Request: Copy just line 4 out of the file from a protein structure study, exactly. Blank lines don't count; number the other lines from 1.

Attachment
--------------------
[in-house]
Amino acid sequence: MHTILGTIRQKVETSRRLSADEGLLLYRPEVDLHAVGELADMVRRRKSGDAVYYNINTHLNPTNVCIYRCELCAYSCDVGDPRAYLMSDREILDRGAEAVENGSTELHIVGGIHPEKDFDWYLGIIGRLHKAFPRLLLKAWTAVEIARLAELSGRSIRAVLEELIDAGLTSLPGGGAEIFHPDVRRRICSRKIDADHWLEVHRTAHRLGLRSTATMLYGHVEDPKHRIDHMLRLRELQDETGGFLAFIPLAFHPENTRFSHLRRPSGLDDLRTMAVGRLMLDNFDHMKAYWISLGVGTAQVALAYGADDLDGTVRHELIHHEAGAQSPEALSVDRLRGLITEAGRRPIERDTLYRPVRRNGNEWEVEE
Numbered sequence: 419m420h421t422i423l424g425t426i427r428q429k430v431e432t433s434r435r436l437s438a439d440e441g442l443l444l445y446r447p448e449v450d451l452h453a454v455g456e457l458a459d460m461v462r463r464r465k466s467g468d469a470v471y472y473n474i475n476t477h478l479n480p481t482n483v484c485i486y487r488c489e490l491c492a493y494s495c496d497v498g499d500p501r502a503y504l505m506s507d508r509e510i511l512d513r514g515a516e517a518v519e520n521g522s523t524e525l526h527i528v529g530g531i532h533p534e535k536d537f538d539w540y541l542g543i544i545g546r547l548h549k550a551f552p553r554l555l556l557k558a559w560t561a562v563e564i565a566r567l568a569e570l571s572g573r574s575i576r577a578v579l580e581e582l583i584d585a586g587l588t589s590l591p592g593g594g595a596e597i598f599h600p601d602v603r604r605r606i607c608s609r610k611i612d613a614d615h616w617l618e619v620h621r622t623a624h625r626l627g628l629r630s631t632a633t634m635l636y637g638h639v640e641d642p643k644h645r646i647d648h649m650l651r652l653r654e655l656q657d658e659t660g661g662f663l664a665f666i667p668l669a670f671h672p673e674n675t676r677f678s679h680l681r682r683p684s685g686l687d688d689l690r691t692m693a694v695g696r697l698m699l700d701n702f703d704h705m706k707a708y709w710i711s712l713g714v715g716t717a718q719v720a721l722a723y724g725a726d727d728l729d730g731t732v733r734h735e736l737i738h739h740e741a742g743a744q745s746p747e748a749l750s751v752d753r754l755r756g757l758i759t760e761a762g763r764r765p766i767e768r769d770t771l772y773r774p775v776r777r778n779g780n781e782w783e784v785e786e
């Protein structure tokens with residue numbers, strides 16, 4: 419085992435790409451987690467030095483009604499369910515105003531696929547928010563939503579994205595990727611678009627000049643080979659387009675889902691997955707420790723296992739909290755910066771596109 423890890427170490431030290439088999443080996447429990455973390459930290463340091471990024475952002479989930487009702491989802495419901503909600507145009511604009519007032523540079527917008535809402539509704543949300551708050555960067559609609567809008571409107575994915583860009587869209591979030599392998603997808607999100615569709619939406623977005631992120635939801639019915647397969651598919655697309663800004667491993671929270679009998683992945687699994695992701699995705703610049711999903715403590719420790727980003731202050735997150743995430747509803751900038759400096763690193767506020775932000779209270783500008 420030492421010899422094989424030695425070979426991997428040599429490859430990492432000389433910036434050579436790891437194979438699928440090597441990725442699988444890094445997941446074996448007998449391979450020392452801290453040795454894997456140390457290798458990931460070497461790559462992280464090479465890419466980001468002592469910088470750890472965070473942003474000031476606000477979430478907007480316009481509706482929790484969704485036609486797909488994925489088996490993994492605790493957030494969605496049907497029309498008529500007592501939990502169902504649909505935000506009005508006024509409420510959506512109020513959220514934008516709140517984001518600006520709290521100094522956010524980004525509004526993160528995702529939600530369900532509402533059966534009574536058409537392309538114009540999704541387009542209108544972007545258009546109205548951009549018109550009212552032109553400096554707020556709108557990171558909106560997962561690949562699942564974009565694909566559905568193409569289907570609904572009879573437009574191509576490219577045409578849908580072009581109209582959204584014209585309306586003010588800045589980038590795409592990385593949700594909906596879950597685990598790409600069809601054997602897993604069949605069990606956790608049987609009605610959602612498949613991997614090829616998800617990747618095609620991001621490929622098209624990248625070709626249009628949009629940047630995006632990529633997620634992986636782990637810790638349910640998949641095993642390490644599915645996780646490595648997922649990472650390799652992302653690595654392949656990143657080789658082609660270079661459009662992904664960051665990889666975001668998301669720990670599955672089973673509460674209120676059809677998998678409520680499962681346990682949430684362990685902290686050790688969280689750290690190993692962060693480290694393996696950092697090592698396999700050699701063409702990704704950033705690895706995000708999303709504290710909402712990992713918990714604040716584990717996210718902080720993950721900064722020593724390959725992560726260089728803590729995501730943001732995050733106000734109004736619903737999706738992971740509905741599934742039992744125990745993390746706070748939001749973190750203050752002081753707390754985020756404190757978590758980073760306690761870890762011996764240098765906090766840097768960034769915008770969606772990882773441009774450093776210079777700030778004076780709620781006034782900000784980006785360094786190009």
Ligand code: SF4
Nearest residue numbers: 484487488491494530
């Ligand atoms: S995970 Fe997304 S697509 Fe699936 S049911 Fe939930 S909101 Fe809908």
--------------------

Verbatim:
């Protein structure tokens with residue numbers, strides 16, 4: 419085992435790409451987690467030095483009604499369910515105003531696929547928010563939503579994205595990727611678009627000049643080979659387009675889902691997955707420790723296992739909290755910066771596109 423890890427170490431030290439088999443080996447429990455973390459930290463340091471990024475952002479989930487009702491989802495419901503909600507145009511604009519007032523540079527917008535809402539509704543949300551708050555960067559609609567809008571409107575994915583860009587869209591979030599392998603997808607999100615569709619939406623977005631992120635939801639019915647397969651598919655697309663800004667491993671929270679009998683992945687699994695992701699995705703610049711999903715403590719420790727980003731202050735997150743995430747509803751900038759400096763690193767506020775932000779209270783500008 420030492421010899422094989424030695425070979426991997428040599429490859430990492432000389433910036434050579436790891437194979438699928440090597441990725442699988444890094445997941446074996448007998449391979450020392452801290453040795454894997456140390457290798458990931460070497461790559462992280464090479465890419466980001468002592469910088470750890472965070473942003474000031476606000477979430478907007480316009481509706482929790484969704485036609486797909488994925489088996490993994492605790493957030494969605496049907497029309498008529500007592501939990502169902504649909505935000506009005508006024509409420510959506512109020513959220514934008516709140517984001518600006520709290521100094522956010524980004525509004526993160528995702529939600530369900532509402533059966534009574536058409537392309538114009540999704541387009542209108544972007545258009546109205548951009549018109550009212552032109553400096554707020556709108557990171558909106560997962561690949562699942564974009565694909566559905568193409569289907570609904572009879573437009574191509576490219577045409578849908580072009581109209582959204584014209585309306586003010588800045589980038590795409592990385593949700594909906596879950597685990598790409600069809601054997602897993604069949605069990606956790608049987609009605610959602612498949613991997614090829616998800617990747618095609620991001621490929622098209624990248625070709626249009628949009629940047630995006632990529633997620634992986636782990637810790638349910640998949641095993642390490644599915645996780646490595648997922649990472650390799652992302653690595654392949656990143657080789658082609660270079661459009662992904664960051665990889666975001668998301669720990670599955672089973673509460674209120676059809677998998678409520680499962681346990682949430684362990685902290686050790688969280689750290690190993692962060693480290694393996696950092697090592698396999700050699701063409702990704704950033705690895706995000708999303709504290710909402712990992713918990714604040716584990717996210718902080720993950721900064722020593724390959725992560726260089728803590729995501730943001732995050733106000734109004736619903737999706738992971740509905741599934742039992744125990745993390746706070748939001749973190750203050752002081753707390754985020756404190757978590758980073760306690761870890762011996764240098765906090766840097768960034769915008770969606772990882773441009774450093776210079777700030778004076780709620781006034782900000784980006785360094786190009």